Publications by authors named "Stefano Frenos"

13 Publications

  • Page 1 of 1

Case Report: Signal Transducer and Activator of Transcription 3 Gain-of-Function and Spectrin Deficiency: A Life-Threatening Case of Severe Hemolytic Anemia.

Front Immunol 2020 15;11:620046. Epub 2021 Jan 15.

Division of Pediatric Oncology/Hematology, Meyer University Children's Hospital, Florence, Italy.

gain-of-function (GOF) mutations can be responsible for an incomplete phenotype mainly characterized by hematological autoimmunity, even in the absence of other organ autoimmunity, growth impairment, or severe infections. We hereby report a case with an incomplete form of GOF intensified by a concomitant hereditary hematological disease, which misleads the diagnosis. The patient presented with lymphadenopathy, splenomegaly, hypogammaglobulinemia, and severe autoimmune hemolytic anemia (AIHA) with critical complications, including stroke. A Primary Immune Regulatory Disorders (PIRD) was suspected, and molecular analysis revealed a gain-of-function mutation. The response to multiple immune suppressive treatments was ineffective, and further investigations revealed a spectrin deficiency. Ultimately, hematopoietic stem cell transplantation from a matched unrelated donor was able to cure the patient. Our case shows an atypical presentation of GOF associated with hereditary spherocytosis, and how achievement of a good long-term outcome depends on a strict clinical and laboratory monitoring, as well as on prompt therapeutic intervention.
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http://dx.doi.org/10.3389/fimmu.2020.620046DOI Listing
http://www.ncbi.nlm.nih.gov/pmc/articles/PMC7843414PMC
July 2021

Thermal inactivation of SARS COVID-2 virus: Are steam inhalations a potential treatment?

Life Sci 2021 Jan 21;265:118801. Epub 2020 Nov 21.

Section of Pharmacology and Toxicology, Department of Neurosciences, Psychology, Drug Research and Child Health, University of Florence, Florence, Italy; Neurology, Neurogenetics and Neurobiology Unit and Laboratories, Meyer Children's University Hospital, Florence, Italy.

Background: The emergence of SARS-CoV-2 pandemic has upset health systems around the world and caused immeasurable losses and costs. Until a vaccine will become available, the recommended prevention measures remain physical distancing and enhanced hygiene.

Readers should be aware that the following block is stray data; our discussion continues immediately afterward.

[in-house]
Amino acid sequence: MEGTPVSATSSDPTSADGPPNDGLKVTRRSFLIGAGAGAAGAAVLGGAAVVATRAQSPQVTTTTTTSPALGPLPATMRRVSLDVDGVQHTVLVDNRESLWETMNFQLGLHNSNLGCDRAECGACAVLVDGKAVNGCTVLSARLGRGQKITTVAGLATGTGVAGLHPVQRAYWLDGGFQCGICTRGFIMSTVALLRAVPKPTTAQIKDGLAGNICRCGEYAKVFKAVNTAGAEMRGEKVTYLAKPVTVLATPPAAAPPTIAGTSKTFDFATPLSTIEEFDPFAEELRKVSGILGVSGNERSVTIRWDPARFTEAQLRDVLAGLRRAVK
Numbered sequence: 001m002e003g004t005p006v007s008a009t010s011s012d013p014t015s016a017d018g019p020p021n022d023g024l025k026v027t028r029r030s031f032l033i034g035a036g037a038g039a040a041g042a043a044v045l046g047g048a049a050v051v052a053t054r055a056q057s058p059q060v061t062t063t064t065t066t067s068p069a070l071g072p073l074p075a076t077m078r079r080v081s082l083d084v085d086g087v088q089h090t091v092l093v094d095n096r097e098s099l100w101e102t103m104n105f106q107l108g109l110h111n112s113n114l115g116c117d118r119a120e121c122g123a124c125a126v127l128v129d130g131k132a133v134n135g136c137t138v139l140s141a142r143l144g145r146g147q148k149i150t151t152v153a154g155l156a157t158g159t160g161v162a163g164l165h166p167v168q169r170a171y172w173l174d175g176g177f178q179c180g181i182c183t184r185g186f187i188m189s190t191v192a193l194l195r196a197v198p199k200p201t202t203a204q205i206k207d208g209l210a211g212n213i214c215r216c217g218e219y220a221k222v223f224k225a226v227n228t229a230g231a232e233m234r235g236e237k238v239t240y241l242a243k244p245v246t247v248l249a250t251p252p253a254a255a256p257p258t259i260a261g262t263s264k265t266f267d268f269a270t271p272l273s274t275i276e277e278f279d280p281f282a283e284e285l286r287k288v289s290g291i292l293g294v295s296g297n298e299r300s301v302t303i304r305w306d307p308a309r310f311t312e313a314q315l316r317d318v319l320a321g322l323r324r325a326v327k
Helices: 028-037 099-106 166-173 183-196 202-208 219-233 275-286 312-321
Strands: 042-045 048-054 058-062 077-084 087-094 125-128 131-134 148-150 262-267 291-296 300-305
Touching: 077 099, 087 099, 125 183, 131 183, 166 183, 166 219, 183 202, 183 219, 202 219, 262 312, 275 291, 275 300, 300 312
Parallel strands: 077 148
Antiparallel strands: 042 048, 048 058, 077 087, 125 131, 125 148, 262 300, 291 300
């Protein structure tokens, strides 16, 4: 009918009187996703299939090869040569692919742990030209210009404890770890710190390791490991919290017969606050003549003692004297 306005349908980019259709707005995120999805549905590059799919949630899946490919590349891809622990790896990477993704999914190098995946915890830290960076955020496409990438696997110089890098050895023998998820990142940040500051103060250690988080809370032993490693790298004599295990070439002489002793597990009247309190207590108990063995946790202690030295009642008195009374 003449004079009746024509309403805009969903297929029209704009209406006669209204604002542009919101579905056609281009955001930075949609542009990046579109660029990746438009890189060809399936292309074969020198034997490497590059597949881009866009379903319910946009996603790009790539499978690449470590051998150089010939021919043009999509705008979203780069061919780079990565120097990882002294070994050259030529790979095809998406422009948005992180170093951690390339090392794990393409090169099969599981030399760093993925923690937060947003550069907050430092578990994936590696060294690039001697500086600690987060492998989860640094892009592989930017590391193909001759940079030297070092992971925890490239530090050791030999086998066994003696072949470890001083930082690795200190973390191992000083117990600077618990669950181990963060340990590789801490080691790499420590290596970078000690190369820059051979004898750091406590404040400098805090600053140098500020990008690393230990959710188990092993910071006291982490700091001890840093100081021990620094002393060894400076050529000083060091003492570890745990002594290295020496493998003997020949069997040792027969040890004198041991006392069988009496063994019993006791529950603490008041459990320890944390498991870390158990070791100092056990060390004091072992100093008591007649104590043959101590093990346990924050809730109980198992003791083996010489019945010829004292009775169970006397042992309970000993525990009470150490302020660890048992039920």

Methods And Findings: The proteic structure external to the virus is the main target that may eventually lead to reduce or block its replication in the upper airways. We developed a protocol based of repeated steam inhalation cycles aimed at reducing the risk of progression to full blown infection if performed soon after contagion. The protocol has been used in a single-center open label trial on ten infected asymptomatic or pauci-symptomatic health care professionals.

Conclusions: The promising results we obtained with this easily accessible, non-invasive and inexpensive procedure should prompt controlled trials.
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http://dx.doi.org/10.1016/j.lfs.2020.118801DOI Listing
http://www.ncbi.nlm.nih.gov/pmc/articles/PMC7680040PMC
January 2021

β3-Adrenoreceptor Blockade Induces Stem Cells Differentiation in Melanoma Microenvironment.

Int J Mol Sci 2020 Feb 20;21(4). Epub 2020 Feb 20.

Hematology-Oncology Department, "Anna Meyer Children's Hospital", 50139 Florence, Italy.

Although there is an increasing evidence that cancer stem cell (CSC) niches in the tumor microenvironment (TME) plays a crucial role in sustaining solid tumors progression, several molecular players involved in this regulation still remain unknown. The role of β-adrenergic signaling in enhancing tumor growth through β2-adrenoreceptors (β2-ARs) has been confirmed in different cancer models, but the role played by the β3-adrenergic receptor (β3-AR) has recently emerged. Previous studies showed that β3-AR promotes cancer growth through the activation of different stromal cells in the TME, and leads to melanoma malignancy progression through inflammation, angiogenesis, and immunotolerance. Here we show that in B16 melanoma-bearing mice, the pharmacological β3-AR blockade is able to reduce the expression of CSC markers, and to induce a differentiated phenotype of hematopoietic subpopulations in TME. In particular, cytofluorimetric analysis (FACS) of the tumor mass shows that β3-AR antagonist SR59230A promotes hematopoietic differentiation as indicated by increased ratios of lymphoid/hematopoietic stem cells (HSCs) and of myeloid progenitor cells/HSCs, and increases the number of Ter119 and natural killer (NK) precursor cells, and of granulocyte precursors, indicating active hematopoiesis within the tumor tissue. Moreover, pharmacological antagonism of β3-AR induces mesenchymal stem cell (MSC) differentiation into adipocytes subtracting a potential renewal of the stem compartment by these cells. Here we demonstrate that β3-AR blockade in the TME by inducing the differentiation of different stromal cells at the expense of stemness traits could possibly have a favorable effect on the control of melanoma progression.